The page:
Although the Vulcan was specifically designed not to be road legal, one owner decided that they wanted to stick on some license plates and take it on the highway anyway. Except, it was far from that simple, as the conversion process required making some major changes to the car, and cost several hundred thousand dollars on top of the original purchase price (via Motor1). The street conversion was handled by RML Group but had full support from the Aston Martin factory, and after completion, it became the only road-legal Vulcan in existence.

Among the litany of changes required were the addition of windshield wipers, side mirrors, and a central locking system. Michelin road tires were also fitted, and a new set of headlights had to be installed to meet height requirements for British roads. The bladed tail lights were also covered over for safety, and a few of the sharper surface edges around the cabin were smoothed out. Then, the engine was remapped to meet emissions requirements, the suspension was softened, and a lift system was installed to give the car extra clearance for speed bumps. After all that, plus a few final touches, a license plate was fitted and the car was ready to go. Unfortunately, it seems like the owner’s enthusiasm for taking it on the road quickly evaporated, as checking the car’s plates against the British government database shows that its MOT (the annual national roadworthiness test) certificate expired back in January 2022.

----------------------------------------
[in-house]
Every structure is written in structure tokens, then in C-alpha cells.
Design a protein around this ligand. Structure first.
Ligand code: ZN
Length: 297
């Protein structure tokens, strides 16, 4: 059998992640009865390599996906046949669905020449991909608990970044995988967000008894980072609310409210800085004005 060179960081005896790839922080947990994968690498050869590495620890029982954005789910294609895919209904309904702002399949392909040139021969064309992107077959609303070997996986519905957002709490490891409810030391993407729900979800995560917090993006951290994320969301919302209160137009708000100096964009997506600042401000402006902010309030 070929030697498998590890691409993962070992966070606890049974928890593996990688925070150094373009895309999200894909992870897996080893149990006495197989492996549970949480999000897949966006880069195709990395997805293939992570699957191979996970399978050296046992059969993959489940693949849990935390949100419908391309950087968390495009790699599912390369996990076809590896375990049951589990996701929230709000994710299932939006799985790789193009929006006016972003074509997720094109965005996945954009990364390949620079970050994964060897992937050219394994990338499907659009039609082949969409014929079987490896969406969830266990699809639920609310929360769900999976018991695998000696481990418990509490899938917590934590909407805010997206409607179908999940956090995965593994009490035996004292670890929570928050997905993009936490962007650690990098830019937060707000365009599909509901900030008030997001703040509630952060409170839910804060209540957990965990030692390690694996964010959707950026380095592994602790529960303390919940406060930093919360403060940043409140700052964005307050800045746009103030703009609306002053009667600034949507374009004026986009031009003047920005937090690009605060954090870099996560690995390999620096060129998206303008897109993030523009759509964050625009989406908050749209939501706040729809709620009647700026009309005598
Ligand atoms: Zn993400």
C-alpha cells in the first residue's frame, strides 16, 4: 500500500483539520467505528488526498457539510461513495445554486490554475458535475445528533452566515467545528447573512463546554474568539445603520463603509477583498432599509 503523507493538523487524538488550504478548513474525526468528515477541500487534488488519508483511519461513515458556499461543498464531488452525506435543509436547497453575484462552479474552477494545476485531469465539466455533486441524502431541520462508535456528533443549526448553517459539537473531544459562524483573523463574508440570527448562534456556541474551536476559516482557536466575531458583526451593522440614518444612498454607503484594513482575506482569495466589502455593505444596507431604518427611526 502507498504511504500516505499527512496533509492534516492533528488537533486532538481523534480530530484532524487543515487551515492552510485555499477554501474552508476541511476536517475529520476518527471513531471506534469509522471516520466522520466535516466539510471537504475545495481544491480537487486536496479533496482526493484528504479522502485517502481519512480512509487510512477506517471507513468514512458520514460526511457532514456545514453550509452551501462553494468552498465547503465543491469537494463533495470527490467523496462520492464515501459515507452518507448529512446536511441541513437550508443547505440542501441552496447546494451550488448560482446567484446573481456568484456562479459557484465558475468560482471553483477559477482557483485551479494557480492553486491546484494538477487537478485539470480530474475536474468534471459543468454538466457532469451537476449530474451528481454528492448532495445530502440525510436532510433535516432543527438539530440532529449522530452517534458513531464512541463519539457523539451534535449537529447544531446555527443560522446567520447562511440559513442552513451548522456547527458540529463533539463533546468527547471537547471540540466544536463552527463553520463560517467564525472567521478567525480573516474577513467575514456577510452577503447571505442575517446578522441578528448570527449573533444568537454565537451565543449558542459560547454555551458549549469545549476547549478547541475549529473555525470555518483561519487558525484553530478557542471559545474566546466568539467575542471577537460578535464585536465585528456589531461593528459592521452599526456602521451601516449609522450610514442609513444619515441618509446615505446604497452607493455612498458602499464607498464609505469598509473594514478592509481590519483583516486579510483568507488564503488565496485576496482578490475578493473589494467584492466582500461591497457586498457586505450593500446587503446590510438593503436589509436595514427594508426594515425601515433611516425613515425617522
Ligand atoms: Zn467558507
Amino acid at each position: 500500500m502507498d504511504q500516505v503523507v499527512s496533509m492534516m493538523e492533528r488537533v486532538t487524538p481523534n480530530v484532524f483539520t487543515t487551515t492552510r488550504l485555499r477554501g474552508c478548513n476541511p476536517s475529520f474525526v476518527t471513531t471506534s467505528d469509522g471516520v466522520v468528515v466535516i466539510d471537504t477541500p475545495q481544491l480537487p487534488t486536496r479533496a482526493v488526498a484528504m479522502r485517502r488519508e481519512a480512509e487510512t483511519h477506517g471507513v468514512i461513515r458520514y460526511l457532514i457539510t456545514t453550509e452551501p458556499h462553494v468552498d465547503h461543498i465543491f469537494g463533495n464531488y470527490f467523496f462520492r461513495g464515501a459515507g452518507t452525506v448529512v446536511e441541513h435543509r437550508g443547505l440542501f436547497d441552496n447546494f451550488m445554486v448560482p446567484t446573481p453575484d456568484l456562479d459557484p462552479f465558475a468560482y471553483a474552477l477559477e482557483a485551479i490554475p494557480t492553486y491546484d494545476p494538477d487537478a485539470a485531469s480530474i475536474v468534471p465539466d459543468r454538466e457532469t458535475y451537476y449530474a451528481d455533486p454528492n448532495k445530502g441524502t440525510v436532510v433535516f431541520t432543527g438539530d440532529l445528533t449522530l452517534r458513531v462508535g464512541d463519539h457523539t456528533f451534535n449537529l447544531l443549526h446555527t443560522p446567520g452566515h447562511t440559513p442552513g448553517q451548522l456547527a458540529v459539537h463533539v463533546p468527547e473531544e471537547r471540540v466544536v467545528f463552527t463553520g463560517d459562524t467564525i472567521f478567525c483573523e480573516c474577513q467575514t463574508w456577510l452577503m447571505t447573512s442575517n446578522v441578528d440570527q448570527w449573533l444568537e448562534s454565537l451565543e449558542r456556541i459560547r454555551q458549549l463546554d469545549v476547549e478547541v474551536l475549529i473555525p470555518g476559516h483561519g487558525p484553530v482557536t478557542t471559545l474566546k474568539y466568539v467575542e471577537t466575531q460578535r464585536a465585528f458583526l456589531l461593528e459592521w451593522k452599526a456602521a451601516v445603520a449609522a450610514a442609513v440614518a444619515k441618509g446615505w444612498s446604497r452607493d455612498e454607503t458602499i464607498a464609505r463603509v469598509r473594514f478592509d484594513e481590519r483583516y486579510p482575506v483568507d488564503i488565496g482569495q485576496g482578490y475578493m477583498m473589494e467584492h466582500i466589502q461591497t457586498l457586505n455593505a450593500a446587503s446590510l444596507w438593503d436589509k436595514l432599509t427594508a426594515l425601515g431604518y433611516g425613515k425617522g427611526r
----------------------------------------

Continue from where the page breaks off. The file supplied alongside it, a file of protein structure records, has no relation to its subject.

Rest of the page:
Continue Reading

Cars

5 Cars Owned By Bob Seger That Prove He Has Great Taste

Published

on

Pulling into the final spot on the list is a 1969 Shelby Cobra GT350 Fastback. This particular car is unique for a few reasons. First, it was the last “new original” Shelby that Ford would produce. The GT350 and GT500 released in 1970 weren’t actually new or original but re-VIN’d production cars from the previous year. Also, during the summer of ’69, Carrol Shelby ended his association with Ford (via MustangSpecs).

It had one of Ford’s new 351 Windsor V8 engines with a 470 CFM four-barrel Autolite carburetor under the hood that pounded out 290hp and 385 lb-ft of torque. Its 0 – 60 time was a modest 6.5 seconds, and it did the quarter mile in 14.9 seconds (via MustangSpecs).

According to MustangSpecs, it was typically mated to a 4-speed manual transmission, but Seger’s had a Tremec 6-speed stick instead (via Mecum Auctions). Seger’s Candy Apple Red GT350 had Ford’s upgraded interior package, flaunting a landscape of imitation teak wood covering the dash, steering wheel, door accents, and center console trim (via MustangSpecs).

According to Mecum Auctions, Seger’s was number 42 of 935. When it sold at auction in 2013 for $65,000, it noted that it had been displayed at the Henry Ford Museum at the Rock Stars, Cars & Guitars Exhibit.

Continue Reading

Cars

Here’s What Made Volkswagen’s Air-Cooled Engine So Special

Published

on

Engines like the Chevy Small Block, Ford 5.0, Chrysler HEMI, and Toyota 2JZ are known for power, torque, and how quickly they can propel a hunk of steel down the drag strip or around the corners of a track. The Volkswagen air-cooled engine is remembered amongst people who have owned one as reliable, easy to maintain, and as numerous as grains of sand on the beach. VW made literally tens of millions of the engine, including over 21 million in just the Beetle (via Autoweek). 

It’s difficult to nail down specific aspects of the engine’s early history as sources tend to disagree on years. But the engine can be traced back to very early Volkswagen models designed with help from Ferdinand Porsche and built in the late-1930s to early 1940s in Nazi Germany. Official sources from Volkswagen are reluctant to acknowledge use of the engine or even the existence of the Beetle prior to the end of World War II.

Continue Reading

Trending